Scaffolded/Guided Reading involves targeted reading instruction in flexible groupings based on student needs. Students practice reading and reading strategies through a variety of content areas and leveled books. Instructional time and lesson focus varies based on group needs and teacher observations. This extends beyond round-robin reading because students can work at their own pace and the strategies taught apply to reading opportunities beyond that specific text. Guided Reading in My Classroom: For Guided Reading (and Levelled Literacy Intervention), I used different levels of The Three Little Pigs based on student needs and we read them in their flexible groupings. Students got a chance to practice our previous reading and comprehension strategies, such as compare/contrast. We always read the books two days in a row before students take them home to share with their parents. On the second day, students will write about their reading to solidify their comprehension. The second reading also helps develop their confidence and fluency. Independent Reading involves students selecting “just-right” texts and then applying their reading strategies independently. This differs from silent reading because of the discussions, written reflections, and goal-setting that occurs between students and their teacher. Independent Reading in My Classroom: My independent reading time is scheduled alongside guided reading typically. I have a classroom library of over 500 books that students can choose from. Students read for 7-10 minutes and then conference with a peer for 3-5 minutes about what they read. They can also engage in a shared read or read-aloud at this time. I leave five minutes at the end of each guided reading lesson to check-in with students about what they read and what strategies they used. I use the attached document to conference with students about what they read and if it was the right fit. Sometimes I need to ask further comprehension questions but I like that this document ties back to our classroom anchor chart. It can be this simple to use the four instructional approaches in your classroom! This concept can be applied to other genres, countless subjects, and any story (whether the reading materials connect or not)! I am planning to repeat this structure when reading Goldilocks and the Three Bears. Be sure to check out Saskatchewan Reads and please feel free to leave a comment about how you use the four instructional approaches in your classroom!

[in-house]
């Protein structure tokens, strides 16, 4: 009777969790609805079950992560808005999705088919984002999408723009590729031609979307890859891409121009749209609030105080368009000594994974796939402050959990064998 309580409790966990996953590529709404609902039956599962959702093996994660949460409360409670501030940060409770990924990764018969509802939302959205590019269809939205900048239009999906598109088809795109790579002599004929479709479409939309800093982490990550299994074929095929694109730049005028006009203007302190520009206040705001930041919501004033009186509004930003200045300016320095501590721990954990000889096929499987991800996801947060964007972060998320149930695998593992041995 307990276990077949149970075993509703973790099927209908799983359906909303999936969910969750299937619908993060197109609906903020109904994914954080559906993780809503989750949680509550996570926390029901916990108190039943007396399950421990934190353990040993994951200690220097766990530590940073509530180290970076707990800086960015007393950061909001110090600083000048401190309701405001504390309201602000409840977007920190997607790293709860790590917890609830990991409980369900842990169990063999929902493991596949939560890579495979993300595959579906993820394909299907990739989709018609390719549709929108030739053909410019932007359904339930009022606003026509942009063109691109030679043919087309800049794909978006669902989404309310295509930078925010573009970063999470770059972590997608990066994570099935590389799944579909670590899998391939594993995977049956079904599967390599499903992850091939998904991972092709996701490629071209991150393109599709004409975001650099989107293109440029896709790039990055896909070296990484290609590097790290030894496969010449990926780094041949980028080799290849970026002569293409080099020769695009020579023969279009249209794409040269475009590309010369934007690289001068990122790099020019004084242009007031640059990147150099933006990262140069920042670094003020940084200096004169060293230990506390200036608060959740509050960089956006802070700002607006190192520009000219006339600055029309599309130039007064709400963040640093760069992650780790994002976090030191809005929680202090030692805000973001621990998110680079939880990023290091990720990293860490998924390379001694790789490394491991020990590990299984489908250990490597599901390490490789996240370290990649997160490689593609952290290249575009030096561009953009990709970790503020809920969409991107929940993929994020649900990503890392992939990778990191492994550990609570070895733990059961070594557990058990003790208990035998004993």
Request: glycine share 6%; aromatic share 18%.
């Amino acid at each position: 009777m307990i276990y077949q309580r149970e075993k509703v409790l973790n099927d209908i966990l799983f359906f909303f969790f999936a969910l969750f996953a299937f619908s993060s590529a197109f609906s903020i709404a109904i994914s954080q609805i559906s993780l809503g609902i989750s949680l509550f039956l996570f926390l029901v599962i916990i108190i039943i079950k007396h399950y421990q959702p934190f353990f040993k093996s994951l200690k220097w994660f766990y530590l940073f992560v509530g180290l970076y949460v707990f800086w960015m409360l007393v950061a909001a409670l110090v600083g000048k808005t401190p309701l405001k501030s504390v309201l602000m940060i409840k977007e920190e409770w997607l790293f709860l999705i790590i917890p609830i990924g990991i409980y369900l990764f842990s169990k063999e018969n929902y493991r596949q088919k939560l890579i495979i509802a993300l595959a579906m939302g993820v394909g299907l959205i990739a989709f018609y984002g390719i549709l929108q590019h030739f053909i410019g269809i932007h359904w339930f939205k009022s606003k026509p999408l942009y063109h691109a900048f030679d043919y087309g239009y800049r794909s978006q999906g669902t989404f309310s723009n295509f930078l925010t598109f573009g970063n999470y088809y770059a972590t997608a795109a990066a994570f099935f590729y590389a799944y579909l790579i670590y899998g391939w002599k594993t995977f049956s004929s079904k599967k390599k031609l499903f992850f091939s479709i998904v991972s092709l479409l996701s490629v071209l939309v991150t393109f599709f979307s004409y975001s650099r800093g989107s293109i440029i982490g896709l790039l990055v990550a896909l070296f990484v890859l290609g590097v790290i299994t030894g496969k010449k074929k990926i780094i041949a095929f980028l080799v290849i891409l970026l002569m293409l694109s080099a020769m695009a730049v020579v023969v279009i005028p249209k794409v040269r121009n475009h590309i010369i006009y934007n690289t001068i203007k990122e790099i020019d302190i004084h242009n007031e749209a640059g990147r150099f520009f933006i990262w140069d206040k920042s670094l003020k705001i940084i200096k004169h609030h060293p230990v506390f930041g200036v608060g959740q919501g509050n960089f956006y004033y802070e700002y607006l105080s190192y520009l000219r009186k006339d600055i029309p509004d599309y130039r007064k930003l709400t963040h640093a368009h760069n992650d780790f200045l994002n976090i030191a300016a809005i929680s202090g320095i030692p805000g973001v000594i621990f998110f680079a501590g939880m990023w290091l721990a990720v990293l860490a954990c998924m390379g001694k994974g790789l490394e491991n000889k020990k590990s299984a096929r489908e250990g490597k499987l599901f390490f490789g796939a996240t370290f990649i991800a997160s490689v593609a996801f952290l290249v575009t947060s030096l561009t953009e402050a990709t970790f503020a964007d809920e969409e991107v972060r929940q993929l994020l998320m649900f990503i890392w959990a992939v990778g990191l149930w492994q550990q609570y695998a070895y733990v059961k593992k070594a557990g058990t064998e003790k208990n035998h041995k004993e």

Sight Word Easter Egg Hunt

I’m not sure who loves game-based literacy activities more – me or the kiddos! Today we enjoyed hunting for Easter eggs with sight words inside. Each student was assigned a colour so that everyone would get a chance to find eggs. Assigning colours also allowed me to put specific words inside each egg to target each of their needs. Once they read me the word I replaced the plastic egg with gum, chocolate, and candy-filled eggs. It was a win-win for all involved!
– Smiling faces after the sight word Easter egg hunt!

Reading with Ms. Gorham

Bringing carpet time to your home! Come enjoy a story with Ms. Gorham!

Bringing carpet time to your home! Come enjoy a story with Ms. Gorham!